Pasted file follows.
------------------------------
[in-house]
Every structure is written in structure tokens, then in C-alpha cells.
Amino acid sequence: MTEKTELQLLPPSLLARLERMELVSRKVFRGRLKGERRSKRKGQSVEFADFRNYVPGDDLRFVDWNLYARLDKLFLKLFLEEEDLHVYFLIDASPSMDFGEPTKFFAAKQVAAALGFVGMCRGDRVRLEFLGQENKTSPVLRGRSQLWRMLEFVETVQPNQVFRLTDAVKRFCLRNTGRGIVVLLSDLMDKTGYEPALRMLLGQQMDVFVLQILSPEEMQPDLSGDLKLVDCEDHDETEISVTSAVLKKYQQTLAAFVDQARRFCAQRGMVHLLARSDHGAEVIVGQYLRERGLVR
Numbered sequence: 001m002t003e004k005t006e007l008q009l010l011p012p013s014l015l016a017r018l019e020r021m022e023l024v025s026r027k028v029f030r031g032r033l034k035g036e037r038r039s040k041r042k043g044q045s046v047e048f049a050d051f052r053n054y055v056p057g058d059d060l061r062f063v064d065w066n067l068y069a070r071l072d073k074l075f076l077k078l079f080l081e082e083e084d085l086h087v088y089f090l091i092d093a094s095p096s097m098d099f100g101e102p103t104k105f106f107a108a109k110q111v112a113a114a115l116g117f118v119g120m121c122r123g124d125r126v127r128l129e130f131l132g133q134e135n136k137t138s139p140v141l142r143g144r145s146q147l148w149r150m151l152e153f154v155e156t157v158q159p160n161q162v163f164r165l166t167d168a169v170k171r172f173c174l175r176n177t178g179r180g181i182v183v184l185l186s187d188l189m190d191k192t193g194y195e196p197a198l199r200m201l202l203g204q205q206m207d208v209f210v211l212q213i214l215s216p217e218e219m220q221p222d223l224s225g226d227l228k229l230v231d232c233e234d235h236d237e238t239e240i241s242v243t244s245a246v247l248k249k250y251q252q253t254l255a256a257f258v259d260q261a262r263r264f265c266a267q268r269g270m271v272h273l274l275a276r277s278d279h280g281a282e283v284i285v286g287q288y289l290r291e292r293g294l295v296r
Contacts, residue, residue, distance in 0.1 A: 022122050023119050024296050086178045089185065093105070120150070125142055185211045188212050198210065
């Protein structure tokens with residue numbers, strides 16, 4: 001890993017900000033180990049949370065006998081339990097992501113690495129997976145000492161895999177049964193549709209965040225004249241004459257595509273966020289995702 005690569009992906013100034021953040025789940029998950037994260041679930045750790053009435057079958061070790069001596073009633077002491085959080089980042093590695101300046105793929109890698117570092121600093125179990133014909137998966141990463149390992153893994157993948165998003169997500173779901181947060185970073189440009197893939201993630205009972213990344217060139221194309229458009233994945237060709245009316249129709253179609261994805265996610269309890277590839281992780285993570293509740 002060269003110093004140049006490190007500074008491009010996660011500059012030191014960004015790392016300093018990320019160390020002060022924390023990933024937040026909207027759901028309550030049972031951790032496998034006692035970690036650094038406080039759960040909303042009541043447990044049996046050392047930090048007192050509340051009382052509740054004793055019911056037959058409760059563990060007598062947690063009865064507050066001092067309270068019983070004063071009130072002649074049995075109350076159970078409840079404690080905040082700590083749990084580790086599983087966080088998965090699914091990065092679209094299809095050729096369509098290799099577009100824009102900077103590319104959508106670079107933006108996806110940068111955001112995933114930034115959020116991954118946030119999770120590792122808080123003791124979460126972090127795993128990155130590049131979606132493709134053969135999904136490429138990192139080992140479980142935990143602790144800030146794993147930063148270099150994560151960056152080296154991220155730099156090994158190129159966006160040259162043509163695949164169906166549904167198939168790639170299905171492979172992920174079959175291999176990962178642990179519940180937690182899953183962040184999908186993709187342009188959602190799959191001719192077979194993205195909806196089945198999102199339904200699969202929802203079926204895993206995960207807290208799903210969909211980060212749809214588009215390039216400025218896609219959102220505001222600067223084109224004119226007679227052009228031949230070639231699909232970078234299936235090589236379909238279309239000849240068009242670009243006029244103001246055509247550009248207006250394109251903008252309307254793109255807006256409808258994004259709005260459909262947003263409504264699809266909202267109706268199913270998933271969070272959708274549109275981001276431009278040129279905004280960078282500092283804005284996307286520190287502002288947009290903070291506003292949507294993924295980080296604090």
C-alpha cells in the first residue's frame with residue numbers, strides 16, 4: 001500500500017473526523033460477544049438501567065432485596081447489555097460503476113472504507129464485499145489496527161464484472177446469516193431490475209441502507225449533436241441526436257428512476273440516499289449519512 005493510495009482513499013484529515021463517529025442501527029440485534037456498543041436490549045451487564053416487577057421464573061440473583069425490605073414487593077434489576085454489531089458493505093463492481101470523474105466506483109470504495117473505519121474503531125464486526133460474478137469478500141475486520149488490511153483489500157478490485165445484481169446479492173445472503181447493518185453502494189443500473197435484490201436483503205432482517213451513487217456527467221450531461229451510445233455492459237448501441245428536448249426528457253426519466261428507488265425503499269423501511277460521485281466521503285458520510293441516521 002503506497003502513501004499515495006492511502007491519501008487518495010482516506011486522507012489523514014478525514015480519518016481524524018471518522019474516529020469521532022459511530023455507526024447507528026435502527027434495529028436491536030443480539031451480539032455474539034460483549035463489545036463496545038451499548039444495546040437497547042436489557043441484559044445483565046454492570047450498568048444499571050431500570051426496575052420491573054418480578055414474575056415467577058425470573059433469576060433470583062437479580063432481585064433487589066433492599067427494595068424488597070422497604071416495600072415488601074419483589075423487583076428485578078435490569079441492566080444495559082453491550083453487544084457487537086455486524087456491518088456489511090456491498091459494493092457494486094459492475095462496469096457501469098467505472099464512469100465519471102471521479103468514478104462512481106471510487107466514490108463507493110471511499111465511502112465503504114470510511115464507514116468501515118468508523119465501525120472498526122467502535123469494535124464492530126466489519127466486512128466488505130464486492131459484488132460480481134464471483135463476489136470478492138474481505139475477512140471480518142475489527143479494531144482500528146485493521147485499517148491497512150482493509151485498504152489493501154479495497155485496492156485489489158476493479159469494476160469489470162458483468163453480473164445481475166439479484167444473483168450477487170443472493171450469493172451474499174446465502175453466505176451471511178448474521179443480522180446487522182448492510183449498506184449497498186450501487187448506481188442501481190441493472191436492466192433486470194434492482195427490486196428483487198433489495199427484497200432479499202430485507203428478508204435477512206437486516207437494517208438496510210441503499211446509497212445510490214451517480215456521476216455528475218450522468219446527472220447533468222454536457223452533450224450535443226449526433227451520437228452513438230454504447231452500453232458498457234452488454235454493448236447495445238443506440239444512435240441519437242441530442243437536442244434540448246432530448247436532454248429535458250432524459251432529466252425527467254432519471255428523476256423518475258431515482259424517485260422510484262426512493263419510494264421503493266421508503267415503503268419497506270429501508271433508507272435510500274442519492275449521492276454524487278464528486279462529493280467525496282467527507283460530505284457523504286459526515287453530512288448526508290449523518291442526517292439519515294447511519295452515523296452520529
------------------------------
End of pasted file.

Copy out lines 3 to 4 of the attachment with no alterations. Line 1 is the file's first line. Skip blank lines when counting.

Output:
Amino acid sequence: MTEKTELQLLPPSLLARLERMELVSRKVFRGRLKGERRSKRKGQSVEFADFRNYVPGDDLRFVDWNLYARLDKLFLKLFLEEEDLHVYFLIDASPSMDFGEPTKFFAAKQVAAALGFVGMCRGDRVRLEFLGQENKTSPVLRGRSQLWRMLEFVETVQPNQVFRLTDAVKRFCLRNTGRGIVVLLSDLMDKTGYEPALRMLLGQQMDVFVLQILSPEEMQPDLSGDLKLVDCEDHDETEISVTSAVLKKYQQTLAAFVDQARRFCAQRGMVHLLARSDHGAEVIVGQYLRERGLVR
Numbered sequence: 001m002t003e004k005t006e007l008q009l010l011p012p013s014l015l016a017r018l019e020r021m022e023l024v025s026r027k028v029f030r031g032r033l034k035g036e037r038r039s040k041r042k043g044q045s046v047e048f049a050d051f052r053n054y055v056p057g058d059d060l061r062f063v064d065w066n067l068y069a070r071l072d073k074l075f076l077k078l079f080l081e082e083e084d085l086h087v088y089f090l091i092d093a094s095p096s097m098d099f100g101e102p103t104k105f106f107a108a109k110q111v112a113a114a115l116g117f118v119g120m121c122r123g124d125r126v127r128l129e130f131l132g133q134e135n136k137t138s139p140v141l142r143g144r145s146q147l148w149r150m151l152e153f154v155e156t157v158q159p160n161q162v163f164r165l166t167d168a169v170k171r172f173c174l175r176n177t178g179r180g181i182v183v184l185l186s187d188l189m190d191k192t193g194y195e196p197a198l199r200m201l202l203g204q205q206m207d208v209f210v211l212q213i214l215s216p217e218e219m220q221p222d223l224s225g226d227l228k229l230v231d232c233e234d235h236d237e238t239e240i241s242v243t244s245a246v247l248k249k250y251q252q253t254l255a256a257f258v259d260q261a262r263r264f265c266a267q268r269g270m271v272h273l274l275a276r277s278d279h280g281a282e283v284i285v286g287q288y289l290r291e292r293g294l295v296r